Stage 4, Le Touquet to Lille, Tuesday July 8
Back in France with ears still ringing from that amazing opening weekend in Yorkshire. The crowds are more spaced out and not everyone is waving. It’s nice to be anonymous again. We can now hear the radio and wave to individuals.
Stage 5, Ypres to Arenberg, Wednesday July 9
More bike trouble. It wouldn’t start just before the roll out in Ypres and the Flemish fans got some extra entertainment watching us try to bump start it. Nothing. Wheeled it off the road and another driver with a similar bike and problem checked the fuses and found one that had blown. We vroomed off with a few minutes to spare.
Much chatter before the stage regarding which bikes would be allowed into the pave. The big road bikes we’re excluded but trail style bikes were allowed to ride all the sections and pass the bunch in between on the road.
Maybe once in every 15 years you get a chance to ride on wet Paris-Roubaix cobbles. The last time for me was 20 years ago when Andrei Tchmil won the race in 1994. We only crashed once that epic day (it snowed at the start) and not one of the TV bikes made it to Roubaix.
I was a bit nervous as the front wheel bumped onto the glistening stones but I remembered to keep it in the centre and try to relax.
The rain had washed the mud away, that is what makes them slippery, and the bike felt stable. We only had one little moment when I went to stop on the outside of bend and nearly put us in the ditch. Graham had to push me back onto the cobbles.
Rider of the day: Geraint Thomas giving it full gas along the final section of cobbles with just another rider for company as they chased the leading groups. G is looking really good, and skinnier than ever.
Stage 6, Arras to Rheims, Thursday July 10
Roadside: a bloke with cardboard tied to his chest and three green squares roughly coloured in. Nothing else.
Rider of the day: Johan van Summeren, one of the tallest riders in the bunch, he seems to fall off a lot and today was involved in one of the crashes on a wet descent. His jersey muddy but otherwise ok, he was one of many riders chasing back through the team cars. A tough Belgian pro.
In the press room a French photographer grabbed a baguette sandwich in a bag. He pulled out the sandwich, spat in the bag, put the sandwich back in the bag and then ate it.
We thought there would be more military cemeteries today, there were two big ones early on which we missed, then I saw a memorial stone on a roundabout near Peronne with ‘Trintignant’ but no graves so we cruised on. Turns out Louis Trintingant was a car racer who, during practice in the GP de Picardie swerved to avoid a gendarme in his Bugatti, crashed and died on this spot.
Stage 7, Rheims to Nancy, Friday July 11
Two fighter planes from the First World War performed a fly past just after the start. They flew a few stately passes over the bunch. The Tour is paying its respects to the combatants of WWI and later in the stage we went just ahead of the bunch in time to stop at the massive tomb-shaped ossuary at Verdun.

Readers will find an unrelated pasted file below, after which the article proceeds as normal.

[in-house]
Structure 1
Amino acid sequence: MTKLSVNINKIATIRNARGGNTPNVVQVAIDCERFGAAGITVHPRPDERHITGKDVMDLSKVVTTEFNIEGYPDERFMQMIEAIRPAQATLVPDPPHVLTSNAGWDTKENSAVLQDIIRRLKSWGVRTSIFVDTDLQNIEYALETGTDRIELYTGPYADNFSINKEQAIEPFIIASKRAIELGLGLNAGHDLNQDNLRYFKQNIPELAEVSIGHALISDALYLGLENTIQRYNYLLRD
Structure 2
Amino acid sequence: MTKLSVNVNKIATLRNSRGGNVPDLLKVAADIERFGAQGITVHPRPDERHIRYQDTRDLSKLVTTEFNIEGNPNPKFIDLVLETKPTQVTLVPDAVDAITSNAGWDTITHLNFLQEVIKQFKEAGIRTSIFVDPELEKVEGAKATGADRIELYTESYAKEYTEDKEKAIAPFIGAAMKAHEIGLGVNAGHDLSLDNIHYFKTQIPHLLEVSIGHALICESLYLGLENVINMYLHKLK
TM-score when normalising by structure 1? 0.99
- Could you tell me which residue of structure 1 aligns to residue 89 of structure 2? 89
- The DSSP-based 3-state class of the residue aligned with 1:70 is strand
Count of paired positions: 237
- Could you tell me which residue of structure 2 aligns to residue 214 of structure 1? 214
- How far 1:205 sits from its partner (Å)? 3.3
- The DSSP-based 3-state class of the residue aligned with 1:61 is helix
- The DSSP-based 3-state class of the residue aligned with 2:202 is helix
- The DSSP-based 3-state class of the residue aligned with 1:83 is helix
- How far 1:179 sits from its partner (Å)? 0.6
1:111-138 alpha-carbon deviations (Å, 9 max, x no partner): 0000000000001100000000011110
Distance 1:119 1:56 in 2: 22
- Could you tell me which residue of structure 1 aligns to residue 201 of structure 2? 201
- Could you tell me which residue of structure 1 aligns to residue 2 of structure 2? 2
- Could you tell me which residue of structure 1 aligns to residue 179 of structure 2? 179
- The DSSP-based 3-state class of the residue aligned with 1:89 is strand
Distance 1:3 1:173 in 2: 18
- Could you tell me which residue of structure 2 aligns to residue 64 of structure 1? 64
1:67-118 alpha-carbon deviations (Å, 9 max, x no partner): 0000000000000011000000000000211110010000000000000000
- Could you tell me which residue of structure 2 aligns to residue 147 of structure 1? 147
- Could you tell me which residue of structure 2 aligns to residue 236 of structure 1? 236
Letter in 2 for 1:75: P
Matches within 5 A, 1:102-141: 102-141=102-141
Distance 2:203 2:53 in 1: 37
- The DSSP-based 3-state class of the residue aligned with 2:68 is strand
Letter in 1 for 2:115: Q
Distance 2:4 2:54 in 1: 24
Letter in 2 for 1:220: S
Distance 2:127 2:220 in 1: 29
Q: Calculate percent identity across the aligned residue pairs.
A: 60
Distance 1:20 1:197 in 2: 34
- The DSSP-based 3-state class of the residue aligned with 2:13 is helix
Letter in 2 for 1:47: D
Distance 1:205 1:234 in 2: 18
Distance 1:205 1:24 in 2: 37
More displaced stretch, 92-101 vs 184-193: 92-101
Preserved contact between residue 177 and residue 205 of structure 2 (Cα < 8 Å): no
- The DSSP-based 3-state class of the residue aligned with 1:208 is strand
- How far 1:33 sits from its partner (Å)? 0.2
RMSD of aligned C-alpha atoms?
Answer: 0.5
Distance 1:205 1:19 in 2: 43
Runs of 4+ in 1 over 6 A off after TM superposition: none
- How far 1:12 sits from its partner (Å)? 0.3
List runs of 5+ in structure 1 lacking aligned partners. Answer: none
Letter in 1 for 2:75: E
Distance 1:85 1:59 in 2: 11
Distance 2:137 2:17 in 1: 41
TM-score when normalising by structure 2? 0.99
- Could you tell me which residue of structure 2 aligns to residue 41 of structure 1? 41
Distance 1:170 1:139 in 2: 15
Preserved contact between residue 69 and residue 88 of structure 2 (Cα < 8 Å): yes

Behind us were the white crosses of the thousands of French soldiers killed here in the early years of WW1. There was a crowd here but the applause for the bunch was muted and not doubt a few riders offered thanks for the sacrifices made by young men much the same as themselves a century ago.
Just when I thought we were going to have a fairly humdrum stage with a sprint finish, it suddenly kicked off in the finale. There was a crash in front of us and we took pictures from the bike picking our way though the usual chaos.
Tejay van Garderen had fallen and we then tried to get some shots of him being paced back by his teammates on the outskirts of Nancy. On the wide plunging roads into Nancy I was going as fast as I dared just to get alongside the BMC train. I am still shocked so sometimes how fast these blokes can go.
Stage 8, Saturday, Tomblaine to Gerardmer
Great to see Simon Yates in the break. He seems to be enjoying his late call-up to his first Tour. Even when the break split up he continued to chase strongly in third place and the team cannot have been disappointed with his showing today. Don’t take these daily breakaways for granted, I know they usually get caught but it takes hard riding to get into one and then stay away for most of the day.
Roadside: a man in one of those chicken suits that look as if you are riding it. In a kilt. Playing the bagpipes.
Belgian driver Gery has a novel way to stop the rain going down his neck. He hooks a short bungee cord around his neck.
Stage 9 Gerardmer to Mulhouse Sunday July 13
Roadside: a troupe of flamenco dancers in big red ball gowns. Arms folded. Bored.
Alessandro De Marchi was labouring on a big gear when we caught up with Tony Martin. The relentless German, his bottom lip extended like a menacing prize pike, sensed that his partner was spent and not long after, swam powerfully away.
There are quite a few ex-pros riding motos in the Tour. French sprinter Jimmy Casper is one of the more recent additions, he rides a white Kawasaki with big round slots in the panniers which hold bottles which the riders can grab on the move.
Blog by Moto 514, Luke Evans, the driver of CW photographer Graham Watson’s motorbike at the 2014 Tour de France